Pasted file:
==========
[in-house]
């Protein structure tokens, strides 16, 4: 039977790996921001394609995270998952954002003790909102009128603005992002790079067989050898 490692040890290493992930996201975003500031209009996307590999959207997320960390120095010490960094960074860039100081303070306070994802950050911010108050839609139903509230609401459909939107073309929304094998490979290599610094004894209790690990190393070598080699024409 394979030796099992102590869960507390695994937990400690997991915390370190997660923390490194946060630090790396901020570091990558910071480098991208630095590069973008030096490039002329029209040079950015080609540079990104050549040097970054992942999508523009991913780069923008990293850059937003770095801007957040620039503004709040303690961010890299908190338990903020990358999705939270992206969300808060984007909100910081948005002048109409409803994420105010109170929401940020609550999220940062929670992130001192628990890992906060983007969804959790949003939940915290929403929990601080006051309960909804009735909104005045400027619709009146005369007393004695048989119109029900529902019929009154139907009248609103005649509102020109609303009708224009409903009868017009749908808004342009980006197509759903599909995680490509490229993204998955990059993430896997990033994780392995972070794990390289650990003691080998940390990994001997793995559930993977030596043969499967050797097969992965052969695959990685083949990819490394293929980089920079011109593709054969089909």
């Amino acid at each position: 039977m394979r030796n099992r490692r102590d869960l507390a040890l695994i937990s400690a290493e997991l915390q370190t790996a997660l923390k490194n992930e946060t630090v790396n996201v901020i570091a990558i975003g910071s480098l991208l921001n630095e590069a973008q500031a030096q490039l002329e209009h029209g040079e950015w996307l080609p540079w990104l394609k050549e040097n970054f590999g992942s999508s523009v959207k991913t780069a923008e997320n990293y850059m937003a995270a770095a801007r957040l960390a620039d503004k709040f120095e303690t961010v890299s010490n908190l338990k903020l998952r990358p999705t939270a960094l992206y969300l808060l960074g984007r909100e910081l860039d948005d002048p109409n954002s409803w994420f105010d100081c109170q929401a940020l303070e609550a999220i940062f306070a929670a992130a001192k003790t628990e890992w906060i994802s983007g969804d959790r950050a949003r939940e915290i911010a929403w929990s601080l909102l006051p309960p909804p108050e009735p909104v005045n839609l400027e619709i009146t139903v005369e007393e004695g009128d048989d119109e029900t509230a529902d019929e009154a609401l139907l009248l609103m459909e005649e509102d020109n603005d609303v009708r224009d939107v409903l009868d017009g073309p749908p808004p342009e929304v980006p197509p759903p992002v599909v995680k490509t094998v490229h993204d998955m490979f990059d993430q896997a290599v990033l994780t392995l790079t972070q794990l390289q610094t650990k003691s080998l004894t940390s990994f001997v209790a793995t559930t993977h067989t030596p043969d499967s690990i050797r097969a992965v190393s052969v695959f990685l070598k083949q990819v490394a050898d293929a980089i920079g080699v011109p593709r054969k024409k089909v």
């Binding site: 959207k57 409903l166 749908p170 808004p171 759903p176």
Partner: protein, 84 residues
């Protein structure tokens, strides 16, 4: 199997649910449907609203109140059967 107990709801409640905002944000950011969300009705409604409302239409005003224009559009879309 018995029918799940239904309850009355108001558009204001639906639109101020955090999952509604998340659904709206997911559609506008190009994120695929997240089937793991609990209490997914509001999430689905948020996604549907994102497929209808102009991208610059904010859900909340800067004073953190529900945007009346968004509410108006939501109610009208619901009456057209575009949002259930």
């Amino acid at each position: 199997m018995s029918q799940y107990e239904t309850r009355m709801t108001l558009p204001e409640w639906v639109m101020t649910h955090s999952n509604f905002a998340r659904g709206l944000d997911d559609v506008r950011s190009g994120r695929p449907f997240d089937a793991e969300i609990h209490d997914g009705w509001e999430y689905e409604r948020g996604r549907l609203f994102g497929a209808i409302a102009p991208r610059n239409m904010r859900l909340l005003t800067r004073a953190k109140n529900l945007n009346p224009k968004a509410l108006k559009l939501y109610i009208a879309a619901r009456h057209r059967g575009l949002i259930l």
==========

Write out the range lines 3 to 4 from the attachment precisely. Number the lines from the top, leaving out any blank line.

């Amino acid at each position: 039977m394979r030796n099992r490692r102590d869960l507390a040890l695994i937990s400690a290493e997991l915390q370190t790996a997660l923390k490194n992930e946060t630090v790396n996201v901020i570091a990558i975003g910071s480098l991208l921001n630095e590069a973008q500031a030096q490039l002329e209009h029209g040079e950015w996307l080609p540079w990104l394609k050549e040097n970054f590999g992942s999508s523009v959207k991913t780069a923008e997320n990293y850059m937003a995270a770095a801007r957040l960390a620039d503004k709040f120095e303690t961010v890299s010490n908190l338990k903020l998952r990358p999705t939270a960094l992206y969300l808060l960074g984007r909100e910081l860039d948005d002048p109409n954002s409803w994420f105010d100081c109170q929401a940020l303070e609550a999220i940062f306070a929670a992130a001192k003790t628990e890992w906060i994802s983007g969804d959790r950050a949003r939940e915290i911010a929403w929990s601080l909102l006051p309960p909804p108050e009735p909104v005045n839609l400027e619709i009146t139903v005369e007393e004695g009128d048989d119109e029900t509230a529902d019929e009154a609401l139907l009248l609103m459909e005649e509102d020109n603005d609303v009708r224009d939107v409903l009868d017009g073309p749908p808004p342009e929304v980006p197509p759903p992002v599909v995680k490509t094998v490229h993204d998955m490979f990059d993430q896997a290599v990033l994780t392995l790079t972070q794990l390289q610094t650990k003691s080998l004894t940390s990994f001997v209790a793995t559930t993977h067989t030596p043969d499967s690990i050797r097969a992965v190393s052969v695959f990685l070598k083949q990819v490394a050898d293929a980089i920079g080699v011109p593709r054969k024409k089909v």
């Binding site: 959207k57 409903l166 749908p170 808004p171 759903p176």